Playing with Power in the World of Not-for-Profits

Power.  A loaded word if you’re working for a fairer or greener world. Often seen as synonymous with repression, greed, exploitation – something to be worried about or fought against.

Do you crave power? Do you respect those who exert power? Do you feel comfortable when you have power over someone? Do you have days where you feel powerless?

For many of us who work in social change movements, the idea of power can make us feel uneasy.  Uneasy, because if we’re honest, most of us enjoy feeling powerful and many of us have been taught that’s wrong.  We’ve all experienced the abuse of power at some point in our lives – whether it’s been through a bad boss or teacher, a racially profiling police officer, or even just an older sibling trying to get their way.

Generally speaking, those who work in social change movements come to this important work because we’ve experienced or seen unfair abuses of power at a level that compels us to action. Because of this we tend to have a heightened awareness of the dangers that come with power.  For many, this holds us back from stepping into our own full strength.

I’d like you to consider the notion that our discomfort with embracing power is actually undermining our potential to truly do our best work, and that it undermines our ability to really succeed in making the changes we want to see in the world.

Power doesn’t have to be authoritarian, though at a certain point when a decision has to be made this type of power can be critical.  Power doesn’t just come in the form of hierarchy.

Real power comes from Continue reading

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Building vibrant communities: Sean Meagher leads from behind

In every community there is untapped potential: People with ideas, skills and talents, looking for ways to contribute – often not knowing where or how to begin. Vibrant and healthy communities find ways to reach out and engage people, creating space for those ideas, skills and talents to flourish. Sean Meagher, President of Public Interest, excels at doing just this.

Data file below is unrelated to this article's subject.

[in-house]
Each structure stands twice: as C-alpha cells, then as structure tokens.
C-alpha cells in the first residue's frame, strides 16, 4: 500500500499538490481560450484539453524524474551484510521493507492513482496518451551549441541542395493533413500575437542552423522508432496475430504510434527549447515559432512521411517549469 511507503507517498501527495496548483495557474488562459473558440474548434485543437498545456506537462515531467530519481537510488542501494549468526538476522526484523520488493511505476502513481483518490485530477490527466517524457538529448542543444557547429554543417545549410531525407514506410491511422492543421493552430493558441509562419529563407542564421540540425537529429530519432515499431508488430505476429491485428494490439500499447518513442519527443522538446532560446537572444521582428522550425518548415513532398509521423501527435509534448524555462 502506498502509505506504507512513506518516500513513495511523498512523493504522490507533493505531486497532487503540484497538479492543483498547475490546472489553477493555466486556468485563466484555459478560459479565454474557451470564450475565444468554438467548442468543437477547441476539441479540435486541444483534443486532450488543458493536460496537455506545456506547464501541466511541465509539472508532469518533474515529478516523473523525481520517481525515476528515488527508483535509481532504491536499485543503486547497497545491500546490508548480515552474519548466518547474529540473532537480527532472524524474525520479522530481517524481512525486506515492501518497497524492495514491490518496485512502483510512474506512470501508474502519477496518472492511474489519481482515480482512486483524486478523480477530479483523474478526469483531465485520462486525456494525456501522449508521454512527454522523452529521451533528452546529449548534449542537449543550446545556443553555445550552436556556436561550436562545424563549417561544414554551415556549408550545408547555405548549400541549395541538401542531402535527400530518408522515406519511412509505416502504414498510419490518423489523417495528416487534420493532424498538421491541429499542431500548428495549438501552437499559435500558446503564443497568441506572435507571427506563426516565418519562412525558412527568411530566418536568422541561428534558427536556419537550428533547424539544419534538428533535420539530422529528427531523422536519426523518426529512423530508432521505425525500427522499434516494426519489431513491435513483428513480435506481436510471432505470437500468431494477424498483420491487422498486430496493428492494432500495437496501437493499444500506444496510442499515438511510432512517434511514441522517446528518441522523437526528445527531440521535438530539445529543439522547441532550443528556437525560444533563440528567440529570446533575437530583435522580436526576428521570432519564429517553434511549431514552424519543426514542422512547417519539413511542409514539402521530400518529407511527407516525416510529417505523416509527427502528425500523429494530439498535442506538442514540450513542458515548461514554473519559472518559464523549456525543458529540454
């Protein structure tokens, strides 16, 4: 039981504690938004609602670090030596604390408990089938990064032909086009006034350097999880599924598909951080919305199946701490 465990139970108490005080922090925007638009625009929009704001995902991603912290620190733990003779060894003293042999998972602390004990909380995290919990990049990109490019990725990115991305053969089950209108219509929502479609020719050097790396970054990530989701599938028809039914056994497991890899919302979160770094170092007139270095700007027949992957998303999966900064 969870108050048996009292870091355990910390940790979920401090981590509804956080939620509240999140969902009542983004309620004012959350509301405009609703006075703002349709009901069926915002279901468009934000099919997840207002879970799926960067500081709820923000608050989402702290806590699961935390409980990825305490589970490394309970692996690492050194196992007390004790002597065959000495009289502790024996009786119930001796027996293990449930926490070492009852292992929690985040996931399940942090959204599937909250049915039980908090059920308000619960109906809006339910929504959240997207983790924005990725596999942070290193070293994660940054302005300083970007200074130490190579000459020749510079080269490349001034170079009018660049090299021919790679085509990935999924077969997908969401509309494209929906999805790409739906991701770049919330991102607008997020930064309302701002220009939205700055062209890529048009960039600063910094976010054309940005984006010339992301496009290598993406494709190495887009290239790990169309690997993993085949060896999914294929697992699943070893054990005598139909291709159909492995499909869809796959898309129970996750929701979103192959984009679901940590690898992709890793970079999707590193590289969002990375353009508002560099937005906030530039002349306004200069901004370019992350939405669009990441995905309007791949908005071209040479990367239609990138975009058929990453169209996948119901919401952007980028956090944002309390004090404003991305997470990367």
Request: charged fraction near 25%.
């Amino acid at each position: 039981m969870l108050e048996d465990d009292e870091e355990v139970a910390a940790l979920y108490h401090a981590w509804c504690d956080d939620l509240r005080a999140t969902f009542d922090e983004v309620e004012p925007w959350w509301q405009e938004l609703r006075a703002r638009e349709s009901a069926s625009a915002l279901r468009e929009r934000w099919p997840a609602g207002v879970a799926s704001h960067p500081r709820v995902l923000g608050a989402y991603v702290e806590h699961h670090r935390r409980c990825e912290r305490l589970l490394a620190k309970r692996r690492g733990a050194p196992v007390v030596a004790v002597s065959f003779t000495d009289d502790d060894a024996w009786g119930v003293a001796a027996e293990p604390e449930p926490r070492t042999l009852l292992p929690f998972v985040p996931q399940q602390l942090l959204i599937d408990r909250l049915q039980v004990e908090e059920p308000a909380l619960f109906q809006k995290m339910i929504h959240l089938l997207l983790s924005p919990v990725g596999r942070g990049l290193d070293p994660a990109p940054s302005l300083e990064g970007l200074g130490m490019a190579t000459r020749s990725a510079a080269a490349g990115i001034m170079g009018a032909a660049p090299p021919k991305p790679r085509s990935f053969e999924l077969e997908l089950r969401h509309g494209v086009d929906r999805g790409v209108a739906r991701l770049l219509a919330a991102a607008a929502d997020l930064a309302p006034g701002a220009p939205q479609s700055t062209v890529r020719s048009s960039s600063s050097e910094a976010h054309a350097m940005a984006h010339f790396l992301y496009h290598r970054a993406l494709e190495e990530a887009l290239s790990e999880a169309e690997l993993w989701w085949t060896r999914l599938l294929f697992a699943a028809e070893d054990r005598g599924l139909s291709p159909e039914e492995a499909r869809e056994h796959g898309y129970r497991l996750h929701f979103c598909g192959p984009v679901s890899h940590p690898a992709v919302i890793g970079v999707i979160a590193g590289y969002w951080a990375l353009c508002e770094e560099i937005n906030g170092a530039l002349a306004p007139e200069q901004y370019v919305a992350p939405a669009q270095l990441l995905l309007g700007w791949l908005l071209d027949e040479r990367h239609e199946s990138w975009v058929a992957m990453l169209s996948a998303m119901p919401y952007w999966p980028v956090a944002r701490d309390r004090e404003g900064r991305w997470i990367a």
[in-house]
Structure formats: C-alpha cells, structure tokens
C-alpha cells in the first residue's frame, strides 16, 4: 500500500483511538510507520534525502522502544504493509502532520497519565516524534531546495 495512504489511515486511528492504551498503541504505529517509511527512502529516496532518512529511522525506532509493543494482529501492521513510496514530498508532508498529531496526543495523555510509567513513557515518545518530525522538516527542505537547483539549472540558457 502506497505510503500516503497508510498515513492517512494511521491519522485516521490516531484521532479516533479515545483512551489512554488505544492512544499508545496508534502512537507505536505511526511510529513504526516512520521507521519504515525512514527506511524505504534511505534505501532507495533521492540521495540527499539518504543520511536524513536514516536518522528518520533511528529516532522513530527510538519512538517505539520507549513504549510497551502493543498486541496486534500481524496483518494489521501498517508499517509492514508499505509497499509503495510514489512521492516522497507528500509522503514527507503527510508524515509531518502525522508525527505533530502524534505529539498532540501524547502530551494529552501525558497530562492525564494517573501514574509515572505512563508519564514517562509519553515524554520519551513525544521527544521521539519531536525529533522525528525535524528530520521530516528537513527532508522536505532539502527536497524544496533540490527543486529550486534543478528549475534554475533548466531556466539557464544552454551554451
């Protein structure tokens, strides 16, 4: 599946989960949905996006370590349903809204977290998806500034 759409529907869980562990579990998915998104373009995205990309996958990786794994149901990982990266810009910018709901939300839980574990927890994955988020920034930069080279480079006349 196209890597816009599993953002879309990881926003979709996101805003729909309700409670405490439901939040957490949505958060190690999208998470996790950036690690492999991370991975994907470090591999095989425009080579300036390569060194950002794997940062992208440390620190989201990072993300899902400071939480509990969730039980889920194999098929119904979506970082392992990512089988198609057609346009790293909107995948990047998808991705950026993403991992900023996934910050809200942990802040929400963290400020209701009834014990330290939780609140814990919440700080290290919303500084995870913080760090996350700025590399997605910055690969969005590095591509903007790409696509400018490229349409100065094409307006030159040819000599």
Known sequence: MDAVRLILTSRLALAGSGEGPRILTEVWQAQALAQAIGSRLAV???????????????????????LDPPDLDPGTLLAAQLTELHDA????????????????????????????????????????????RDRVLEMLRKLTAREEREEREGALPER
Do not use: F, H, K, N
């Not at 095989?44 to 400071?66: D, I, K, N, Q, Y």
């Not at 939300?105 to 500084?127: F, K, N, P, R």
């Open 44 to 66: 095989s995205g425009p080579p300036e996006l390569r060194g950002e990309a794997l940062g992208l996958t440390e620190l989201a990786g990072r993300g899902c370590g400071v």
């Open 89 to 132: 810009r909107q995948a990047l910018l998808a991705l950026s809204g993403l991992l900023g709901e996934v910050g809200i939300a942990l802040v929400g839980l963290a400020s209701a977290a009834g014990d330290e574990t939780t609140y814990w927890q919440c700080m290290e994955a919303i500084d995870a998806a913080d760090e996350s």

Recognized most prominently for his groundbreaking community engagement work in the redevelopment of Toronto’s Regent Park, Sean’s career has been an evolution in empowering others. Continue reading

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Success in Leadership: Bring it back to Why.

Leadership comes with power, but attaining and wielding power does not necessarily translate into success – at least not if you measure it beyond instant gratification.

To become an effective leader you need to be knowledgeable – in your area of expertise, in your ability to persuade people to your point of view and in your ability to inspire people to action. Where many get lost is in believing they have all the answers, thus closing themselves off to valuable input.

Ego comes with the territory – to be a leader you have to believe in yourself, but true leaders recognize the contribution of others is intrinsic to success. This does not mean simply surrounding yourself with minions eager to follow top down direction. It means being open to having your ideas challenged and tested – it’s only through this process that you grow and improve. Continue reading

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Trish Hennessy: Traveler on the Path of Authentic Leadership

They say some people are born to lead – Trish Hennessy would not put herself in that category. For the woman who has worked with some of Canada’s top thought leaders, helping them frame their arguments to get social issues back in the public discourse, stepping into a leadership role has not come naturally.